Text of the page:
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Remember the stories about settlers who carved GTT (Gone to Texas) in their front door when they abandoned their farms and moved to Texas? It seems like the oil industry should be posting GTTP (Gone to the Permian) on their websites. I have Google alerts set up on a few Permian plays and have never seen anything like the steady stream of deals announced where companies are shedding assets to beef up or get their foot in the door in the Permian, primarily the western Permian. One estimate is that 68% of new production growth is coming from the Permian.

Besides the obvious economic factors, I open it up for discussion. How much of this is due to:

1) hostility to drilling elsewhere;

2) herd mentality;

3) Wall Street/investor expectations and pressure?

These are smart people so I have to think the primary driver is economic. I have heard estimates of up to 80,000 BOE recoverable PER ACRE in the better parts of the Permian. But still, the growth is so lopsided, I just can’t shake the feeling some of these other drivers are at play.

Thoughts?

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Wade,

As a North Dakota mineral owner I would choose 1) hostility to drilling, as the main reason why companies like Oasis are bailing out of ND and heading for Texas.  The state government sees the Bakken as an unlimited cash cow that God provided in order to fund every pet project while enriching the relatives and friends of corrupt politicians.  They rob the mineral owners outright, screw the oil companies and steal 10% of everyone's royalties right off the top through extraction taxes  (and now the Democrats want to increase the taxes again by ballot this November).  They truly believe that any royalty money not collected by the state has been "stolen" or "lost" or "given away" as if it was rightly theirs to begin with.  They steal from the federal government and the Indian tribes, which results in endless lawsuits that go on for years and stop development, particularly along the Missouri River.  The only state official who seems to have a clue is Governor Burgum, but he has to fight continuously with the Attorney General, rigged courts, crony judges and the AG's greedy, foot-dragging allies in the capitol and the legislature.  The oil companies are sick of it and that is the main reason why they are either leaving, selling off assets or reallocating their business to other states.  The brutal winter weather doesn't help either, you could count that as another form of hostility.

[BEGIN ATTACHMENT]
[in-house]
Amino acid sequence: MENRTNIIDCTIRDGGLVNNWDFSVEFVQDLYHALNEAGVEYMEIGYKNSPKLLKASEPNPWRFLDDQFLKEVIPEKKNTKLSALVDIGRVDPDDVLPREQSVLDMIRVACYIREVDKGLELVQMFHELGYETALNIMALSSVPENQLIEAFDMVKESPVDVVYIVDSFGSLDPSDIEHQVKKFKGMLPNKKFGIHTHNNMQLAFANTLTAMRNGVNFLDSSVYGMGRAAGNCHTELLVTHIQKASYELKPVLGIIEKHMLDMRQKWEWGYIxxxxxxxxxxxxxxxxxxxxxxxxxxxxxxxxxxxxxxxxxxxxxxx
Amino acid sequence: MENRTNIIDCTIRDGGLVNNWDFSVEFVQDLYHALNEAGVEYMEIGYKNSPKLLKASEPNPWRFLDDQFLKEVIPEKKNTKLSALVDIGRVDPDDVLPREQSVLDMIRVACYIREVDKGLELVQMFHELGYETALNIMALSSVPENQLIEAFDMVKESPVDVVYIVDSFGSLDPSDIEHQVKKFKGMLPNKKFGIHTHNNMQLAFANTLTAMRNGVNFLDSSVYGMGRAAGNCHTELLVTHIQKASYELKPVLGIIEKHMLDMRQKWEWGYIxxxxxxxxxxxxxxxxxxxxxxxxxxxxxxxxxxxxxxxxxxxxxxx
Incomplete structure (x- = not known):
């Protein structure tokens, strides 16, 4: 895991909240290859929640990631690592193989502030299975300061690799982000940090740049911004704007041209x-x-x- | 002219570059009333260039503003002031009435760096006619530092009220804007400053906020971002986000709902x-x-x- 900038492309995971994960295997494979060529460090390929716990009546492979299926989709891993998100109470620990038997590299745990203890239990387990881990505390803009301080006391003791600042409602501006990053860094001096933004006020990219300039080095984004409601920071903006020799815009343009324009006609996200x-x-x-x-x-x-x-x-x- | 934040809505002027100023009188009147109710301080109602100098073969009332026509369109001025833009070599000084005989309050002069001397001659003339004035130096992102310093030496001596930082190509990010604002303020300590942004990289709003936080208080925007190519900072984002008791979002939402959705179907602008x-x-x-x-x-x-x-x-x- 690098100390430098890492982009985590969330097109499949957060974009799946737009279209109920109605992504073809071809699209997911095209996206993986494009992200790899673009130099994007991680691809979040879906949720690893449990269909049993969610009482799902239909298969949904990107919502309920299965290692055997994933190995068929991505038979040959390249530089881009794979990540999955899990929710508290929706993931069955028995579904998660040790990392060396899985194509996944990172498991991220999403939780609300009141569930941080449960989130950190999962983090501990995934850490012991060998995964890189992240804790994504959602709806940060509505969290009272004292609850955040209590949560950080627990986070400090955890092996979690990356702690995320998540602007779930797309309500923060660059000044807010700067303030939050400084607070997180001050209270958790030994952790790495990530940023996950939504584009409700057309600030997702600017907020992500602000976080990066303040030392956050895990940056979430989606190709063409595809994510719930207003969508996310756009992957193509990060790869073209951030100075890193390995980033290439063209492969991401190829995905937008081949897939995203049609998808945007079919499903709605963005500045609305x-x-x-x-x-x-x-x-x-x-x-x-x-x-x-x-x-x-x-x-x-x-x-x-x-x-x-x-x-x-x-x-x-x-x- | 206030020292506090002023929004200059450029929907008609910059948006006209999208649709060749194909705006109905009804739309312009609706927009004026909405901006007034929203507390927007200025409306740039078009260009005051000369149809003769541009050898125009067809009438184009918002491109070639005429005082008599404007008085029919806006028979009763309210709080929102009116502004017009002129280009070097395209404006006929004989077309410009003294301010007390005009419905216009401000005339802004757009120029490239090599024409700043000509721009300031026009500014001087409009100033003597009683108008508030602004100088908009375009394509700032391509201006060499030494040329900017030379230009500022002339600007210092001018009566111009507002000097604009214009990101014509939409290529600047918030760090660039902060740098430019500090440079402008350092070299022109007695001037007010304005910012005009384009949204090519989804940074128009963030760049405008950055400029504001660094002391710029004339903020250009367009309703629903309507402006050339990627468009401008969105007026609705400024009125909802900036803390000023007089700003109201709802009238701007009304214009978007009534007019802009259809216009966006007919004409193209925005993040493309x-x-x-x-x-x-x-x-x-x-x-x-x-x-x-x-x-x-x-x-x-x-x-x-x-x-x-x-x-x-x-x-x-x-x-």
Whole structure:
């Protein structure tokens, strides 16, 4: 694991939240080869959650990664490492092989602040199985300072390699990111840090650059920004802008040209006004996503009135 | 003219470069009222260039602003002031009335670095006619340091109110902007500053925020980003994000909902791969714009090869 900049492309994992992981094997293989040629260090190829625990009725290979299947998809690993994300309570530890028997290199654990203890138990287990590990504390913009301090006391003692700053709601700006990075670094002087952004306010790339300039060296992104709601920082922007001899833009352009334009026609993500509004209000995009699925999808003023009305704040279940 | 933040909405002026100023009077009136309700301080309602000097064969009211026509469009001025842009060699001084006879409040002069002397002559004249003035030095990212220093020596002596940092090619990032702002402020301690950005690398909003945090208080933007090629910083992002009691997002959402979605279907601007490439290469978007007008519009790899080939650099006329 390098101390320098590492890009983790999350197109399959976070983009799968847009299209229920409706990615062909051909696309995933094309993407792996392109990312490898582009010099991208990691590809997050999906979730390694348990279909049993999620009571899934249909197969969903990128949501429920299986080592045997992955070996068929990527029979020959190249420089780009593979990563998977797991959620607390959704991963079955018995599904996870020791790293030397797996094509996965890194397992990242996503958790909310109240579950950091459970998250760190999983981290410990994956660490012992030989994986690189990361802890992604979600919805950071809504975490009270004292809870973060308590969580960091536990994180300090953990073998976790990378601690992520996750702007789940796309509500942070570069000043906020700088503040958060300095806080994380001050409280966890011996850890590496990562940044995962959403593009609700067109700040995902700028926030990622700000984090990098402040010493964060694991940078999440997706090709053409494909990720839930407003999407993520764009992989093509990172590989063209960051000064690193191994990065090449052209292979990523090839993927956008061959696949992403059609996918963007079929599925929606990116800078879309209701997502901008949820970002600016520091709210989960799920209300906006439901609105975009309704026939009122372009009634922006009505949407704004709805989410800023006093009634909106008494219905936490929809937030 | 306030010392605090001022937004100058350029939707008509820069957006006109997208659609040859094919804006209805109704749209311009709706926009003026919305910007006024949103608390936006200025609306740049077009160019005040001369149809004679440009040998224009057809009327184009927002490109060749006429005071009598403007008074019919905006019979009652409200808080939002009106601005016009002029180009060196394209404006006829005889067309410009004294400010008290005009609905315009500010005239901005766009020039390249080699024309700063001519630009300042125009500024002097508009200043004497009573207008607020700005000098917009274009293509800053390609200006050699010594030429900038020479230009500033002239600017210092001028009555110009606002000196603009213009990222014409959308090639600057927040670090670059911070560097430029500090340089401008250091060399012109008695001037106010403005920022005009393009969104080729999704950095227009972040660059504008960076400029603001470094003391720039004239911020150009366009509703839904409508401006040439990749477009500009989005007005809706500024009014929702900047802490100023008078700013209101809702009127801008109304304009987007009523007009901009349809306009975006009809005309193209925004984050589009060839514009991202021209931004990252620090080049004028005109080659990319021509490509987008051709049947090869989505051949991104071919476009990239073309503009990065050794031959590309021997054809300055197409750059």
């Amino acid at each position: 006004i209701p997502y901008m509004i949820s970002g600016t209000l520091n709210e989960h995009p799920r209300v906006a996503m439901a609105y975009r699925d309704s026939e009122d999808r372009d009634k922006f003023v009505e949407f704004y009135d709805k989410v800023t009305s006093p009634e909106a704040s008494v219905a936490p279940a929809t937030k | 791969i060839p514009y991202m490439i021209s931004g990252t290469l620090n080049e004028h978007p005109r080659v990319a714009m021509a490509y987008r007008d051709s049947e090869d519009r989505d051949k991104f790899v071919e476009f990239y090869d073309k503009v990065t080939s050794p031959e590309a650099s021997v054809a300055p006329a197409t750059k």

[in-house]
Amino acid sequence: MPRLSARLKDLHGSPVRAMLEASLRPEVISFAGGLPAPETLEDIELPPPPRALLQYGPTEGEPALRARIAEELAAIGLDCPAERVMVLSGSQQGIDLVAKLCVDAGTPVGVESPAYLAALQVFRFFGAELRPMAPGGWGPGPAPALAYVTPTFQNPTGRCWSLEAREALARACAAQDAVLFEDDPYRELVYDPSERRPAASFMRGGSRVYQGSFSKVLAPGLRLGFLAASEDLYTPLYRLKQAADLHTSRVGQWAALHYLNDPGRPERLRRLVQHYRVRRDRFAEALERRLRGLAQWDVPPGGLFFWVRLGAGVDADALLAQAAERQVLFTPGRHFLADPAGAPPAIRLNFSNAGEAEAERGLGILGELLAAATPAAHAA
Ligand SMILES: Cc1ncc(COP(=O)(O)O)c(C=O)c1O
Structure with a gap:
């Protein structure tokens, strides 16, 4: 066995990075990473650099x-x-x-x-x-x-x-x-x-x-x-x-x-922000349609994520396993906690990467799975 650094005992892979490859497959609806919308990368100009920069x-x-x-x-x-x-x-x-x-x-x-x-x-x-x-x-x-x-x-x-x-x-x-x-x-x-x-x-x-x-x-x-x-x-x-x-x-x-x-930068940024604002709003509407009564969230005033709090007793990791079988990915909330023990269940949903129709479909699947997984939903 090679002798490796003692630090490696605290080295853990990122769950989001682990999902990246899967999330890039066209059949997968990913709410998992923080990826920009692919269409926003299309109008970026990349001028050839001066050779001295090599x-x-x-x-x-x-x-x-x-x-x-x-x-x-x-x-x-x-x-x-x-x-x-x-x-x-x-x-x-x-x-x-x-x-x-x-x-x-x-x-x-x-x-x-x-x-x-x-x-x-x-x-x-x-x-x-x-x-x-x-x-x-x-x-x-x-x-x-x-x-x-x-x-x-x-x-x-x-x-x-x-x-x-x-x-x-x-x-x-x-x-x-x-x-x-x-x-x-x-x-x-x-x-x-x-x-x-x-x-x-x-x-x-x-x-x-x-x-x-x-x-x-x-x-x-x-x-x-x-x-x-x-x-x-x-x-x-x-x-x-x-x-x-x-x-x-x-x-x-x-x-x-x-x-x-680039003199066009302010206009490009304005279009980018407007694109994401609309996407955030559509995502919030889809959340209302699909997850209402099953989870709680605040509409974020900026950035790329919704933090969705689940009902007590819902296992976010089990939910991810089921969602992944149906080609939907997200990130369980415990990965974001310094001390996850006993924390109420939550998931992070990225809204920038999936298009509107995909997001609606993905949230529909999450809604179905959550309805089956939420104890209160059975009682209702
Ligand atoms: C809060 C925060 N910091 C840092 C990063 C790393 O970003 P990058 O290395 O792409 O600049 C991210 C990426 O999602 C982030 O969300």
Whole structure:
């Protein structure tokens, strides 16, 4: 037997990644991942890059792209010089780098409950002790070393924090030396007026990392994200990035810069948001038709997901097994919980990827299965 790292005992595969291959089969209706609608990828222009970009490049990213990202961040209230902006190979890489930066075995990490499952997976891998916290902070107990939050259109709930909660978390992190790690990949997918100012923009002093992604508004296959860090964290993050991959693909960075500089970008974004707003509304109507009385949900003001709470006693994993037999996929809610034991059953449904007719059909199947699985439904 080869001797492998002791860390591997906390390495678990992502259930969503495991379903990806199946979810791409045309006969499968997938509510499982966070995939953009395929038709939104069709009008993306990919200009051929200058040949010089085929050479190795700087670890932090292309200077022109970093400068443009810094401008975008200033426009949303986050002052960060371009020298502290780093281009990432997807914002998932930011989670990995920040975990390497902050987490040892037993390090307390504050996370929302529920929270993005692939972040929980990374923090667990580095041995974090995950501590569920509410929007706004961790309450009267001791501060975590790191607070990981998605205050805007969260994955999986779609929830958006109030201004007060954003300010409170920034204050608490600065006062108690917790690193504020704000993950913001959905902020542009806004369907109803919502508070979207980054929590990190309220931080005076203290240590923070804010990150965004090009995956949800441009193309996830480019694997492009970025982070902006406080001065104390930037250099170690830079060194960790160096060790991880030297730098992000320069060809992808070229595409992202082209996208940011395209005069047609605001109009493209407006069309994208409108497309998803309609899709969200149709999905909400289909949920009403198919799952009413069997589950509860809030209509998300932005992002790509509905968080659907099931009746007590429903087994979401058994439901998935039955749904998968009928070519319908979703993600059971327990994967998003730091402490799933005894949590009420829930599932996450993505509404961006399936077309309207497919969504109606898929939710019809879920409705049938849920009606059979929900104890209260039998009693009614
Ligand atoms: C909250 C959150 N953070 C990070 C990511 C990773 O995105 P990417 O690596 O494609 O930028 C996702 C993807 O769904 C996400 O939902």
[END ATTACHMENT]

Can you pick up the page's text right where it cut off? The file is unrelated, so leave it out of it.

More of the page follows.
Dogbert,

Sorry to hear about the state of affairs there. How organized and vocal are the mineral owners there?

Wade,

Some mineral owners have tried to fight back but the legal costs are prohibitive and the courts are stacked with judges who are, shall we say, more loyal to the establishment politicians who appointed them than they are to the rule of law.  There isn't really an organized group of mineral owners that I know of who can pool their resources to help each other.   However, the North Dakota Petroleum Council is a fairly powerful lobbying group of oil companies and related businesses that have been pushing the state to resolve some of these issues for the past couple of years.  Also, some of the legislators understand that the state is killing the goose that laid the golden eggs, so they are trying to help.  Other legislators would be happy to keep everything tied up in courts for as long as it takes for their side to win. 

It's about -22F in the Bakken tonight.  Can you imagine trying to work outdoors under those conditions?  It's been that way for weeks. 

There is a NARO chapter in ND. Maybe worth checking out.

http://www.naro-us.org/NorthDakota

Mr. Caldwell,

I wonder if some of it is a "herd mentality".  I remember when the Haynesville Shale was booming in our area and lease prices went from $200 per acre to over $10,000 per acre.  When the bottom dropped out, all the operators left at once. Kathy

Kathy,

The investor pressure and herd mentality are sometimes hard to tell apart. Of course, the Haynesville suffered from the collapse in gas prices also.

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